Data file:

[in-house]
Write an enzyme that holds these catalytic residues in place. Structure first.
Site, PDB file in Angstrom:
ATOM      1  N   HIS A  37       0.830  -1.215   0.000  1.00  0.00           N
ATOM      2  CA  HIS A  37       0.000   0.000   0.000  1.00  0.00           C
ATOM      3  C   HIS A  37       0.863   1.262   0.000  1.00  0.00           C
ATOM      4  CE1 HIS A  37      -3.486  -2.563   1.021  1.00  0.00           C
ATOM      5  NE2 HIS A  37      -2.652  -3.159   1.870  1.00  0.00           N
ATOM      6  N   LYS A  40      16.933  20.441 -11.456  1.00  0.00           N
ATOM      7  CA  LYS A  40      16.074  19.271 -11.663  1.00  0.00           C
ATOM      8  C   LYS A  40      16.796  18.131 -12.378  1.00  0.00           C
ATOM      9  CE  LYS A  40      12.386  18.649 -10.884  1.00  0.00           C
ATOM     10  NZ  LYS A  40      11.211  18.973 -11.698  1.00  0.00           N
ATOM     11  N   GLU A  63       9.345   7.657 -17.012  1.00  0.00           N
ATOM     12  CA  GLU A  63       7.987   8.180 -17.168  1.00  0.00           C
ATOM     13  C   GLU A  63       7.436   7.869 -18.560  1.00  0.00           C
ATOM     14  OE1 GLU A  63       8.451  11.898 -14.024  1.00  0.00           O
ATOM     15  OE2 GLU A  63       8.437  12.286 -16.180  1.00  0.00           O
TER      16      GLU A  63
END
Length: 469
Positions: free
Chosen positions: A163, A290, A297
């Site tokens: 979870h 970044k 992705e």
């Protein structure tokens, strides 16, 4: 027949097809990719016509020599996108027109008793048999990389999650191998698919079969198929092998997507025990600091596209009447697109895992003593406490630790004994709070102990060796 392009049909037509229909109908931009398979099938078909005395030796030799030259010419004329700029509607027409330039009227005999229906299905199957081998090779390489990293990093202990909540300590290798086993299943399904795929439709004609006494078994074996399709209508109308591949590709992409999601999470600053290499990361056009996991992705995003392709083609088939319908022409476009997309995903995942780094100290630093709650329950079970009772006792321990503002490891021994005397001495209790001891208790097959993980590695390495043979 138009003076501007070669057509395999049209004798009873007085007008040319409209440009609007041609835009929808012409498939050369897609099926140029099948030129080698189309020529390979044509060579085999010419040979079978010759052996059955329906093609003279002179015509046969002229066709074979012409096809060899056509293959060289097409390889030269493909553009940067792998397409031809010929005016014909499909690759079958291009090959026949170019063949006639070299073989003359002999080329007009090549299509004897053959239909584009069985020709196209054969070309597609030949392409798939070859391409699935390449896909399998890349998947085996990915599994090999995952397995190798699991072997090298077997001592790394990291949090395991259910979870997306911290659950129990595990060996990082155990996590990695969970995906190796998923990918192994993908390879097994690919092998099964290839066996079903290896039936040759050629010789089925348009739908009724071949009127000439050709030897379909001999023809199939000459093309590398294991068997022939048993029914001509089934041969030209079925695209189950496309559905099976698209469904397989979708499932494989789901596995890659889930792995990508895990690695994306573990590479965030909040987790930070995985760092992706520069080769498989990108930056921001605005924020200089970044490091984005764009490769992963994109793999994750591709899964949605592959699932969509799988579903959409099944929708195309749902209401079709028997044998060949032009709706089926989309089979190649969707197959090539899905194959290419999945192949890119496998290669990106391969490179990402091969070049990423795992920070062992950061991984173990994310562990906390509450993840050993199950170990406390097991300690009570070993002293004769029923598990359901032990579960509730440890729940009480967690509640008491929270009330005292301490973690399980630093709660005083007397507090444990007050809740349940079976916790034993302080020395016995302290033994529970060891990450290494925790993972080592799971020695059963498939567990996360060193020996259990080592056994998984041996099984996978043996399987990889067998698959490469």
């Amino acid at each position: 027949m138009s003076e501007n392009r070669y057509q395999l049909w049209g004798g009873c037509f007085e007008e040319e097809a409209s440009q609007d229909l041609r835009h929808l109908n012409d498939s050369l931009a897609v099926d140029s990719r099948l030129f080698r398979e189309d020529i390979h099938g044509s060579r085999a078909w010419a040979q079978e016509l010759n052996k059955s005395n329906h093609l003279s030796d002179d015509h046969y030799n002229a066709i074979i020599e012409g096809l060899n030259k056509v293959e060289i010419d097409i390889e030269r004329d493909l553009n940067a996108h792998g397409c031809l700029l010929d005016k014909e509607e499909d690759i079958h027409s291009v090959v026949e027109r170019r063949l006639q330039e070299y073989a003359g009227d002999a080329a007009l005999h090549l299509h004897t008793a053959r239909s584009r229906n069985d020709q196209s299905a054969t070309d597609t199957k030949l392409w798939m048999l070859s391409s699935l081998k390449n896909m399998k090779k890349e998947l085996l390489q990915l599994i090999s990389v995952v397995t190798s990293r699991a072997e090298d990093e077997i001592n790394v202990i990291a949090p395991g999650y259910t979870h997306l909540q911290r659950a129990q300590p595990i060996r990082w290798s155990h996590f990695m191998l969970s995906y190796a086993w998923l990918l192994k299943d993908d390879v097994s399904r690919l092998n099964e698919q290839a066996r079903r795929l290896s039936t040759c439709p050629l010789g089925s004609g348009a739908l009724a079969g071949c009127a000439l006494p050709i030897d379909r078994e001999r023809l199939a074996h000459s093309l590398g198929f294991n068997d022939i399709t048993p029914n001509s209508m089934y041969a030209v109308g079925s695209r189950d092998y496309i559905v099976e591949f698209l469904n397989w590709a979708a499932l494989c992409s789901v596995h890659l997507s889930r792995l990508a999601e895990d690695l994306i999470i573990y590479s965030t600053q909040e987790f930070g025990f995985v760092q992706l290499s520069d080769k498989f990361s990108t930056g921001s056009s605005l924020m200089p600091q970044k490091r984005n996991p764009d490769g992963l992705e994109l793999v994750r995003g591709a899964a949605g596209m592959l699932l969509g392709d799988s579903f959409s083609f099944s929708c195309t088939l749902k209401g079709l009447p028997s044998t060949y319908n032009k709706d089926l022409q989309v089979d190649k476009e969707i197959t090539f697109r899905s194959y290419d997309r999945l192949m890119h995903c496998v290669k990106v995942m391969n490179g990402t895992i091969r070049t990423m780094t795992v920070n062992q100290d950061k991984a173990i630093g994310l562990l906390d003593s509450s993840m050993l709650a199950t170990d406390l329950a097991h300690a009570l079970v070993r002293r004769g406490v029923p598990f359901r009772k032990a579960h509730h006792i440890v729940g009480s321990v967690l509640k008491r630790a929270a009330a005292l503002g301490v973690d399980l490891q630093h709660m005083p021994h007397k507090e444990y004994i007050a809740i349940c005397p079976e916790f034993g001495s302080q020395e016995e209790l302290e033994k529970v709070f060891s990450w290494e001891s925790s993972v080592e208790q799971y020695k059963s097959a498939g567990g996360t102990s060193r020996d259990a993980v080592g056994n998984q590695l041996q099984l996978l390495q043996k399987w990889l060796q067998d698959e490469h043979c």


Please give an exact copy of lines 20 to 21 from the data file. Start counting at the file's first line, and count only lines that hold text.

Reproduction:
END
Length: 469